For a basic ''street smarts'' self-defence course for girls,
you cannot beat Impact Bay Area's ''Model Mugging'' training.
See their videos and other material at
http://www.impactbayarea.org/. Although they were orignally
set up for women, they have courses
specifically for teen girls, and their techniques and
approach are the best thing ever. Our daughter Sasha took
this training at around the same age as your daughter. She
learned a healthy, confidence-building, and effective
response to street violence that has served her well ever
since. I honestly can't recommend it highly enough!
I found a news article about 17 years old female student in
Palo Alto who was kidnapped and raped. So I believe this is
really important for teenagers to learn self defense skills.
My daughter has been taking martial art classes for 8 years.
She started when she was nine, and she went to 4 different
dojos because we moved, and one of the dojo had a problem.
We can give you our thoughts about good martial art dojos
considering your child is female and 13 years old.
I believe there are two very important factors to select
dojos. Is the heard instructor a business man or a Martial
artist? And does he/she weigh body, mind, and intelligence
equally or focus on body?
If an instructor is a business man, he will contact you
immediately through BPN or other methods. I often saw
advertising posts right after someone put questions about
martial art. Also the lesson fee will not be reasonable. You
can exclude such dojos by visiting several times before you
pay. Before you select a dojo, you should stay for whole
lessons to observe the instructors’ personality as well as
students who are taking lessons.
If an instructor focuses on body, female students will not
have good lessons at his dojo. Such instructors often show
his philosophy that bigger and stronger body is superior,
and smaller ones or female can not learn martial art well.
They pay more attentions to bigger students while good dojos
and real martial artists do not discriminate students
because of their size or gender. Although it is not martial
art any more if mind and intelligence are ignored, I met
many such instructors at tournaments.
In addition, you should ask whether the instructors teach
sparring since you are considering martial art as self
defense. If they teach, ask about which level of students
can take sparring lessons. Some business martial art classes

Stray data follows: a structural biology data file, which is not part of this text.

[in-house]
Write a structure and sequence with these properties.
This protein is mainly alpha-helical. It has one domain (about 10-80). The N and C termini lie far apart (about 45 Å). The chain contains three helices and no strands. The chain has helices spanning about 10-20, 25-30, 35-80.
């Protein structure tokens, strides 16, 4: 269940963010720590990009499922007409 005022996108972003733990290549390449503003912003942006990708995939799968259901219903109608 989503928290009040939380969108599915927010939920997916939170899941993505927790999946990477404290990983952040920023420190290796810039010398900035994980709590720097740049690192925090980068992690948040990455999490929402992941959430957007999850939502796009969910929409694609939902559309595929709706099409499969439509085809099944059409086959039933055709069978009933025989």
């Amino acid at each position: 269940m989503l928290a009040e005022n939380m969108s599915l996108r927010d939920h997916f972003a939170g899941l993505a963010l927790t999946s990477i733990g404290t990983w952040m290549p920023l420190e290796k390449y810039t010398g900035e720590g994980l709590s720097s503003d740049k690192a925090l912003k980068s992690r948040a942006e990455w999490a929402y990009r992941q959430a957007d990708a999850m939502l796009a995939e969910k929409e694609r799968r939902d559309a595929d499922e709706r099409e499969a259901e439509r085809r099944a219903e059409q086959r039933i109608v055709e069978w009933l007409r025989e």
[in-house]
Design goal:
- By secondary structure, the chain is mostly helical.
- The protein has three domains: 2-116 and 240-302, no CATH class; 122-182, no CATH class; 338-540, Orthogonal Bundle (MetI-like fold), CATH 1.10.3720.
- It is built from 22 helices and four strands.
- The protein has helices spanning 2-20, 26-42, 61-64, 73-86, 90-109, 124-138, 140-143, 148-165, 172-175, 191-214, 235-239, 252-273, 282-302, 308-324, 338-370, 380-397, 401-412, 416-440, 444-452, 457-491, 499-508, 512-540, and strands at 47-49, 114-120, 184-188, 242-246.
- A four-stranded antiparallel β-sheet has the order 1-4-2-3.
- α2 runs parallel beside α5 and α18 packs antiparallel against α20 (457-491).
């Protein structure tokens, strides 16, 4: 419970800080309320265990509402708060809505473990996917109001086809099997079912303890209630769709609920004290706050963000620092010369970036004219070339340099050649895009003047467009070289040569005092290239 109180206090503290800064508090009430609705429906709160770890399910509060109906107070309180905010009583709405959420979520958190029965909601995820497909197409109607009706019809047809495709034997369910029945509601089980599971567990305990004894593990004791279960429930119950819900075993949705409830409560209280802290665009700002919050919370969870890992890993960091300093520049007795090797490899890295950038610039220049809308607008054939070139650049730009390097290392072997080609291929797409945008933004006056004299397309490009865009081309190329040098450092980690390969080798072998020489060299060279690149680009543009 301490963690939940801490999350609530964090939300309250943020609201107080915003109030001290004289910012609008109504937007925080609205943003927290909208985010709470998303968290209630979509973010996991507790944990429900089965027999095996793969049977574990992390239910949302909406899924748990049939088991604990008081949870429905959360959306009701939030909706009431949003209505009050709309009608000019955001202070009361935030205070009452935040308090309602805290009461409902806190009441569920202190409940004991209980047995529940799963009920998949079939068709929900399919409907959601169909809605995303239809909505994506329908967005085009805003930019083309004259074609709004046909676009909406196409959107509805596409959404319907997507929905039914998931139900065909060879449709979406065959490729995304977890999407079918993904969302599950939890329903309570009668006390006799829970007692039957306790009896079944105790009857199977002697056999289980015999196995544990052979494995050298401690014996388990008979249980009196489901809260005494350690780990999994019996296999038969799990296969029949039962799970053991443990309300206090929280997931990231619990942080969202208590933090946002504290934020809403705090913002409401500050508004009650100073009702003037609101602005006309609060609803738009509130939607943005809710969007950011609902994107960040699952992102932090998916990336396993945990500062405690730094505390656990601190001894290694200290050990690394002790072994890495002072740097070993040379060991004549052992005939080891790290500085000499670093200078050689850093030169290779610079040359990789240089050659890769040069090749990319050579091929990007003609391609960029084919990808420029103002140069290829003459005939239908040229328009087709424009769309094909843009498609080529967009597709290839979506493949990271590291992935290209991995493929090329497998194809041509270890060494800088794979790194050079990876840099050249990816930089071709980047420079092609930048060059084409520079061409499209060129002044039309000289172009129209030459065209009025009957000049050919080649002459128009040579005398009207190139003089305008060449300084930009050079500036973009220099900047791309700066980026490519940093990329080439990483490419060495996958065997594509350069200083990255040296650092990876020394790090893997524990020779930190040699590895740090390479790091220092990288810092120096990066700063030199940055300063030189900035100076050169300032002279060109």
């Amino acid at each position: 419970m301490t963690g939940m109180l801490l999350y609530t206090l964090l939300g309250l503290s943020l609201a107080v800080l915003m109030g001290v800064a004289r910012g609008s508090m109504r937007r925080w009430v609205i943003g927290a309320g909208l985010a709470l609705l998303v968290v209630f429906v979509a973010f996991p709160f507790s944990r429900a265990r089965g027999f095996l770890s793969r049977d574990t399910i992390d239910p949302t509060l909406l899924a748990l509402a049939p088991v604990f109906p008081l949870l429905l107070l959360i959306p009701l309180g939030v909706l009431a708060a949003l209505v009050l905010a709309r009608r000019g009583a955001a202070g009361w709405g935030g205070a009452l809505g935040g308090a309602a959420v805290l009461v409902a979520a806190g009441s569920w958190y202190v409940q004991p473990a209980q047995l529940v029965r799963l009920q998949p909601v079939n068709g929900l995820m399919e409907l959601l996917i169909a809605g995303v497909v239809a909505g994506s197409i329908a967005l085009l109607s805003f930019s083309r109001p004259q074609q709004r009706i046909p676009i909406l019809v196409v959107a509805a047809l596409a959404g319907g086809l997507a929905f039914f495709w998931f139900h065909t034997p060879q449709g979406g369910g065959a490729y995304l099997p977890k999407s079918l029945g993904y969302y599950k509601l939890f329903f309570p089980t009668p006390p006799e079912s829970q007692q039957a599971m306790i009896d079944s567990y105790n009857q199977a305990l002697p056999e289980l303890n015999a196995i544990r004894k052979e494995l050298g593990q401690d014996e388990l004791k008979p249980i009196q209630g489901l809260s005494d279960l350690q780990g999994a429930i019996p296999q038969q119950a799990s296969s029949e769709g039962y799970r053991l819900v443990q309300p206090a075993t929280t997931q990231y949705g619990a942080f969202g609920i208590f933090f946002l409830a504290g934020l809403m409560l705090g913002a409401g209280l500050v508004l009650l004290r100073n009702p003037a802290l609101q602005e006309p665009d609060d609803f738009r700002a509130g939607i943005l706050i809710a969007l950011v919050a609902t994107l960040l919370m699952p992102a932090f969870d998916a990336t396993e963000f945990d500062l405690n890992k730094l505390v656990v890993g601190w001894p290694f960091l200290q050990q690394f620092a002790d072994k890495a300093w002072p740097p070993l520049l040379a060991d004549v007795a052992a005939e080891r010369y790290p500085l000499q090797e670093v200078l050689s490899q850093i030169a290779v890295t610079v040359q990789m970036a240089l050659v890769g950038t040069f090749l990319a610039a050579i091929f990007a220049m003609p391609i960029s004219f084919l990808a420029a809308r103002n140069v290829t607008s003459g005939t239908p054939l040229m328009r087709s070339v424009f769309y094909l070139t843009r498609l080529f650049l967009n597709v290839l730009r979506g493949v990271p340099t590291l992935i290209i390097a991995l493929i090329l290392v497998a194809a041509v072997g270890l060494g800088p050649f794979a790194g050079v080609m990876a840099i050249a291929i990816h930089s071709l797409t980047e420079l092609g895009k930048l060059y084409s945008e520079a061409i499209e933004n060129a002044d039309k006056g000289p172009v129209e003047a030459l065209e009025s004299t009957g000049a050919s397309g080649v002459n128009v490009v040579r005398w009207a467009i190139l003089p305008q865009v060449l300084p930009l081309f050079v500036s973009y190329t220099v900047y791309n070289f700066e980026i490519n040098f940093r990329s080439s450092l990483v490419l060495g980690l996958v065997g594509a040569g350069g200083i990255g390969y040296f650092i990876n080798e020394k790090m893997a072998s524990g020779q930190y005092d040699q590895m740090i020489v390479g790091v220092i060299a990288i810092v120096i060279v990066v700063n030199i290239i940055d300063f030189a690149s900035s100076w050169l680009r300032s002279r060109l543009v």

teach sparring to beginners. It is dangerous for advanced
students who are sparring with them, because beginners don’t
know how to spar. It will take many lessons before students
can learn sparring.
You should also ask how many years it will take to obtain a
black belt. At a business martial art dojo, you can get it
in one or 2 years while it usually takes 4 to 5 years. When
you daughter starts taking martial art lessons now, she will
be able to protect herself late in her high school years.
She should take a lesson at least twice or three times per week.
My daughter liked Kojosho Karate dojo in UC Village, and the
instructors are real martial artists. They teach beautiful
kata (forms) including animal katas. The grand master who is
a crane master comes once a year and teach beginners to
advanced students. When my daughter was taking lessons
there, they didn’t teach sparring, but she learned basics
really well. She was often asked where she started her Karate.
Unfortunately, she had to move to a different dojo because
we moved. The second dojo was not a business type, but she
had to spar with beginners. Also the head instructor/priest
often mentioned that bigger body is better for Karate, and
small ones can not learn well. He started his dojo at his
church even before he obtained his black belt, while martial
artists need 4th degree of black belt before starting a
dojo. I believe it will take so many years of martial art
lessons before anyone can obtains skills and personality to
teach others. Therefore, you need to know about the head
instructor and other instructors before you select a dojo
for your daughter.
Although it is not Karate, there is an excellent Kendo
(Japanese Fencing) dojo in Berkeley and Oakland where a
grand master teaches from beginners to advanced students.
There is no lesson fee, but there is a dojo fee because of
the rent. They don’t teach self defense skills, although
they spar every lesson. Some members went to a world
tournament last year, and UC male team won against Japan,
became second. There was a high school student from Berkeley
dojo who became second at US Youth Championship. Each lesson
is really hard. My daughter said each lesson is harder than
5 hours of belt testing at a Karate dojo where she had been
or 300 hundreds pushups, but this is the ideal dojo for her.
We trust all the instructors there. Any ways, you should
visit many dojos to see where you can find instructors whom
you and you daughter can trust.
mom of a teanage girl
Any recommendations for a self defense class for an 18
year old girl who is going off to college in the fall?